With that in mind, before heading into the interview, sit down and ask yourself the following questions:
- How does the company align with your passions?
- What problem does the company tackle that you want to help solve?
- How can your skillset help the company succeed?
- What could you accomplish for the company on a tactical level?
- How will your background help you succeed in the role?
Once you’ve worked out the answers to all these questions, consider how you can arrange them into a compelling story or narrative arc. For example, if the company builds mobile software designed to help people more easily order food online, you could tell the interviewer that you have a lifelong passion for e-commerce, stemming from some pivotal event in college, and that you feel the company’s software and tools are best-in-market.
That will be a lot better answer than, “I want to work for your company because I think you’re doing cool stuff.” The interviewer has probably heard that exact same response a dozen times that day.
In order to answer the above questions in a compelling way, you’ll also need to research the company in exhaustive detail, including all its latest developments. For example, did the firm recently introduce a new business unit? Does it plan on spinning off a division as a separate entity? Is it embroiled in the middle of a huge stock scandal? If you’re interviewing at a large firm, publications such as Hacker News, TechCrunch, and Yahoo Finance can give you some much-needed insight into its current setup and operations.
Know Your Passion
Everybody can describe what he or she did in previous roles. What will make you stand out is accentuating your passion projects; that way, you’ll demonstrate to the hiring managers that you enjoy certain tech disciplines so much, you even pursue them during your off-hours.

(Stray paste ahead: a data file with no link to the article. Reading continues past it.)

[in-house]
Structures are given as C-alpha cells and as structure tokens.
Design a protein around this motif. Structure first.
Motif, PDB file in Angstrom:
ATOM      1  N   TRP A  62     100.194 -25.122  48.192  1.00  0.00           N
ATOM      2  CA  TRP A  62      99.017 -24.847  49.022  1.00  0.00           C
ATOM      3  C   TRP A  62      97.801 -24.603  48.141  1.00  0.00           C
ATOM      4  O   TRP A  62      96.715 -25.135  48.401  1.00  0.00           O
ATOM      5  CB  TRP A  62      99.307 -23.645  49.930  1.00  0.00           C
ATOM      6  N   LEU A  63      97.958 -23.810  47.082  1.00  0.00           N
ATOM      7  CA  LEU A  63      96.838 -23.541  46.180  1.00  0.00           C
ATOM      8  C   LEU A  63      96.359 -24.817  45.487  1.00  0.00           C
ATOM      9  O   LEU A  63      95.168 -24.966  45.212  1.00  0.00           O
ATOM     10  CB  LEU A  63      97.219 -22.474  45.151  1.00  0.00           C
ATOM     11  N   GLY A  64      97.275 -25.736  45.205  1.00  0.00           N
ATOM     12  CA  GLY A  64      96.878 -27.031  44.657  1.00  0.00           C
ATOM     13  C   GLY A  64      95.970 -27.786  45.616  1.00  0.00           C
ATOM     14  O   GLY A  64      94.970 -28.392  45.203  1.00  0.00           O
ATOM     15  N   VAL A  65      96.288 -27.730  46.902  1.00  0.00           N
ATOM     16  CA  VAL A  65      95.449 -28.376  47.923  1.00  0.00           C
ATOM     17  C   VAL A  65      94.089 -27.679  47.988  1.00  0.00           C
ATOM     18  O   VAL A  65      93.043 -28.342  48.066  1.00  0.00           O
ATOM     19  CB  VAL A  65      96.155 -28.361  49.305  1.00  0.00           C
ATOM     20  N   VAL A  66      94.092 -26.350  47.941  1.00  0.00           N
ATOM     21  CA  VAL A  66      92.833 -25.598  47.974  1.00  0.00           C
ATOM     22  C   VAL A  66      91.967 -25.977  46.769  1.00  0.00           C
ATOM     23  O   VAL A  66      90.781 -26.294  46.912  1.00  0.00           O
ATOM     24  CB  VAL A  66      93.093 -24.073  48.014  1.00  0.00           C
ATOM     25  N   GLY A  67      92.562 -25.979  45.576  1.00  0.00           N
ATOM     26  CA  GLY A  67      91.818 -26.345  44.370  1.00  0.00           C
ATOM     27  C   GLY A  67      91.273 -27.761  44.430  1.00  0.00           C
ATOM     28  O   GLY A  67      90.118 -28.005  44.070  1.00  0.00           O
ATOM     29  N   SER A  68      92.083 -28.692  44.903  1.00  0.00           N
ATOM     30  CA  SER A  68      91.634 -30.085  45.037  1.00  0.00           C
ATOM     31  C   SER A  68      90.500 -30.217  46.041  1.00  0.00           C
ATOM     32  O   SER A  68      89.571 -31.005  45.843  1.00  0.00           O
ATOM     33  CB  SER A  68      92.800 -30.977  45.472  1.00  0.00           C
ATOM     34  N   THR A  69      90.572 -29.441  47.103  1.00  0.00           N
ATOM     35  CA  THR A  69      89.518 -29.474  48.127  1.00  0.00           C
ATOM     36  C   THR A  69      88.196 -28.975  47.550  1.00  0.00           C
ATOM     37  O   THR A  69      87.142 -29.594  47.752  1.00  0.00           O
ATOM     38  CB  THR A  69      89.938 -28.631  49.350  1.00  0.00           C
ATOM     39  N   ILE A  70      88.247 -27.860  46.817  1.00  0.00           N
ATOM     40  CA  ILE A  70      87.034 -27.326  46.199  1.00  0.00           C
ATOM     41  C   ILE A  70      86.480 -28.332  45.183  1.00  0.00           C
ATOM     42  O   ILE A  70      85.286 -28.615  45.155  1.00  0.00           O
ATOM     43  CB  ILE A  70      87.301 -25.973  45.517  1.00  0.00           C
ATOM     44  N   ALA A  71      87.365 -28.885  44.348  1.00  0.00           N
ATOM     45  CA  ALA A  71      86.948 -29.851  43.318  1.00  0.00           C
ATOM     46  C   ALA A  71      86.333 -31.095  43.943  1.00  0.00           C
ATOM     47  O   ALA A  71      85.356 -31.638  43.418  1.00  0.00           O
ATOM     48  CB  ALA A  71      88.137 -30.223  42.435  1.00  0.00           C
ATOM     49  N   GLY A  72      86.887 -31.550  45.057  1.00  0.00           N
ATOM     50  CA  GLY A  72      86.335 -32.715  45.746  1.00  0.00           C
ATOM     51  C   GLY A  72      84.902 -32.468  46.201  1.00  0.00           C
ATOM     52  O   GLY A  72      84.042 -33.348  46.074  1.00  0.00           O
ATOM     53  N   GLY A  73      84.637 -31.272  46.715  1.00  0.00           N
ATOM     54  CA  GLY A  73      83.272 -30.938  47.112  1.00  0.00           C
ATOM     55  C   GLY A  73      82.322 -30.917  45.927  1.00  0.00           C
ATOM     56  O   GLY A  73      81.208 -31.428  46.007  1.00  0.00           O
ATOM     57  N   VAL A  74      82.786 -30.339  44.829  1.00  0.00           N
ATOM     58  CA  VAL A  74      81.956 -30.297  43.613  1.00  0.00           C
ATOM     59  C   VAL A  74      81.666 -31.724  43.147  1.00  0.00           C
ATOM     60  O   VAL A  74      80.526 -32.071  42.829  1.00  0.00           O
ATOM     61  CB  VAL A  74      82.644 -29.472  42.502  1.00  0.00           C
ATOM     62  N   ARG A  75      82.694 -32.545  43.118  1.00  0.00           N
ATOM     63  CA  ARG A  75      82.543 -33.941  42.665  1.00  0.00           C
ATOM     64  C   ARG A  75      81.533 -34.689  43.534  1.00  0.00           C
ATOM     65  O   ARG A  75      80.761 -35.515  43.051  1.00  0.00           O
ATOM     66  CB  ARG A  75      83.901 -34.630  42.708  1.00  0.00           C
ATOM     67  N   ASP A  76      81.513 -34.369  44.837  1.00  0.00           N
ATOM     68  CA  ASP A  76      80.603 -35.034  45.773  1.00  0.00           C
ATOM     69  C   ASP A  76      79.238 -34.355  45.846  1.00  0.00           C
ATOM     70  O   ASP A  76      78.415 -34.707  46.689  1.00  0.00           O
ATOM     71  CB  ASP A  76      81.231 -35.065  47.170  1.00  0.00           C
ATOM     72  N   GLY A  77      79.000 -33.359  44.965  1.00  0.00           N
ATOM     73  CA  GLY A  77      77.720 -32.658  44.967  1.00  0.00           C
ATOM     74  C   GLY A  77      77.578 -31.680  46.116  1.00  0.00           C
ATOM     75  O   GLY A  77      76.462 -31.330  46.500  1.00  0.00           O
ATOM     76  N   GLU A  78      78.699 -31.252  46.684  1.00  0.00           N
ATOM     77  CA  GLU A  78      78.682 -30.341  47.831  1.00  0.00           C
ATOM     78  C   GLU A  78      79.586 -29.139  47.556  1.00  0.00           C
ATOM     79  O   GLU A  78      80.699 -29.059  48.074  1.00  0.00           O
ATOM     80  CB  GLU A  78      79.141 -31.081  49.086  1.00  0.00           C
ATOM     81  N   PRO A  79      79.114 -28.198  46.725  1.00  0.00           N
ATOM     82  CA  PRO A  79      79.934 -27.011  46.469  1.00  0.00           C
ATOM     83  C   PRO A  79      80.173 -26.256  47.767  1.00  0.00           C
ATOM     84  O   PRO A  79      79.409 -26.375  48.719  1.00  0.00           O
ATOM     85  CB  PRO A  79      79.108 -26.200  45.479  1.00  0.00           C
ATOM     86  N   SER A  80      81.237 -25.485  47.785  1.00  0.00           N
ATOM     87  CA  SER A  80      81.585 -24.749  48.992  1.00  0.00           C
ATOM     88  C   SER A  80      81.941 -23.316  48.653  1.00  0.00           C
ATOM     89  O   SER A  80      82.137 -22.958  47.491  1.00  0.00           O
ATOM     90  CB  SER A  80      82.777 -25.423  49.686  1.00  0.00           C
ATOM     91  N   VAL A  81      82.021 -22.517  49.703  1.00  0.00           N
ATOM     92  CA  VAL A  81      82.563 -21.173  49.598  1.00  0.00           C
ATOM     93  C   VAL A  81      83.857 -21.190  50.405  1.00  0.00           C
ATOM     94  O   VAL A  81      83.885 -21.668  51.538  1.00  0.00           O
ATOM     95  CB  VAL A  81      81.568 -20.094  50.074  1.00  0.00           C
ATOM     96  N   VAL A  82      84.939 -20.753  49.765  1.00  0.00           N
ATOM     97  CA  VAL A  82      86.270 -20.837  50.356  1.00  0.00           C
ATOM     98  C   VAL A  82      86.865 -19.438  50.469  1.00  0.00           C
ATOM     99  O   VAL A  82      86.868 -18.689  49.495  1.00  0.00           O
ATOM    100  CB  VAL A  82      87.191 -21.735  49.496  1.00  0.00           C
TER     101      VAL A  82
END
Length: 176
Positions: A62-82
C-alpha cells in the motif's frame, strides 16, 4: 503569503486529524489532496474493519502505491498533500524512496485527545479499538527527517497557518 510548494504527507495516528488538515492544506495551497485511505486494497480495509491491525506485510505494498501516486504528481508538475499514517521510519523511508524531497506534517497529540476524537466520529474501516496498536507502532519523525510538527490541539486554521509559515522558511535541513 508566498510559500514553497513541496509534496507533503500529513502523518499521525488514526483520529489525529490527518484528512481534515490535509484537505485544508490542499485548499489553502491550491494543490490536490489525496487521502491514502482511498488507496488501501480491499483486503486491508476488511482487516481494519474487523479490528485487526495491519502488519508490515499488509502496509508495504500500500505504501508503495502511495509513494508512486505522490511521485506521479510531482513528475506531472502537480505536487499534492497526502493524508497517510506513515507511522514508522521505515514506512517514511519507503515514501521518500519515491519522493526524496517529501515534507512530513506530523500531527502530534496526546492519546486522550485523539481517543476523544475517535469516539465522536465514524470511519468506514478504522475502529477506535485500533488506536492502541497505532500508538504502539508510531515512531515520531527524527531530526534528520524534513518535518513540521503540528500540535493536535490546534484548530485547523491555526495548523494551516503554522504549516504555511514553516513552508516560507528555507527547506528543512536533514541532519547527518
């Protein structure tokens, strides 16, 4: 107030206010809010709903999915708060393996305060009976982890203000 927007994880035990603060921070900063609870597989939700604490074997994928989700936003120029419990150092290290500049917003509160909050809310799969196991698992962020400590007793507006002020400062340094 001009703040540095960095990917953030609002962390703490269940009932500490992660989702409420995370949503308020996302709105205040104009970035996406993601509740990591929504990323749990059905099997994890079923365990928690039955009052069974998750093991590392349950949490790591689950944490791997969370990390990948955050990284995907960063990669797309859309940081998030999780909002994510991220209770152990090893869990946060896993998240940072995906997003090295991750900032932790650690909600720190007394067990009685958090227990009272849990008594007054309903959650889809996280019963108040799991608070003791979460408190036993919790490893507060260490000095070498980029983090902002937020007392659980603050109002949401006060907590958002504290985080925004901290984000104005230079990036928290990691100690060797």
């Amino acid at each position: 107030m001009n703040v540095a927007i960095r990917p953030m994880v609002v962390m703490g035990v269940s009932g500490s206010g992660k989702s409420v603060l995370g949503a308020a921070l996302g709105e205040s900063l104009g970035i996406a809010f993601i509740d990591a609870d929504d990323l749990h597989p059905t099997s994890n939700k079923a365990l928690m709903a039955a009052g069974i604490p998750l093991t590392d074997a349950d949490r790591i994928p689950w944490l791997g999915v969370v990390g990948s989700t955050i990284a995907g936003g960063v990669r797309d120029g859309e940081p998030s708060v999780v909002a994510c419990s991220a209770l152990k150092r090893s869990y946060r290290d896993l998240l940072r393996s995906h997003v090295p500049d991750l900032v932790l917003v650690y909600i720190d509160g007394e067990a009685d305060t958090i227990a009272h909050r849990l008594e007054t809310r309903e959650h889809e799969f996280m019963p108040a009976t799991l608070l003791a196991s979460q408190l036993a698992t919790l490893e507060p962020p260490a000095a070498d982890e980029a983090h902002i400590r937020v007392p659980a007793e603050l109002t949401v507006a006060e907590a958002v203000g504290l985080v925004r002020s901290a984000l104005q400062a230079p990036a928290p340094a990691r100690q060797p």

But a lot of candidates also pursue passion projects. How do you make yourself stand out? Don’t just say that you’ve built an app or Website—everybody’s done that. Instead, show the impact your project might have had. That doesn’t necessarily mean you earned a lot of money from it; you can show how you introduced more efficient code or pioneered a new development technique.
Prep Your Simple Answers
You can spend hours discussing complex concepts with similarly-minded peers. Your initial recruiter or hiring manager, however, may not have your level of technical expertise, especially if you focus on an esoteric or especially complex branch of technology.
Before your job interview, sit down and rehearse how you’ll answer broad questions about your background and skills in as reductive a way as possible. For example, if your professional focus on Apache Hadoop, you don’t want any answer involving your skillset to plunge instantly into the minutiae of secondary namenodes, FUSE, or the Thrift API. Instead, talk about how your work with Hadoop translates into noticeable boosts in company efficiency and even revenue.
When talking about your most recent projects, make sure to touch (however briefly) on the following points:
- Project goals
- Project resources
From there, you can broadly discuss project progression from start to finish, always emphasizing the ultimate results and steering away from excessive jargon. If a later interviewer wants to plunge into the weeds with you, you’ll have that opportunity; but for initial interviews, prepare to keep things as simple as possible unless prompted otherwise.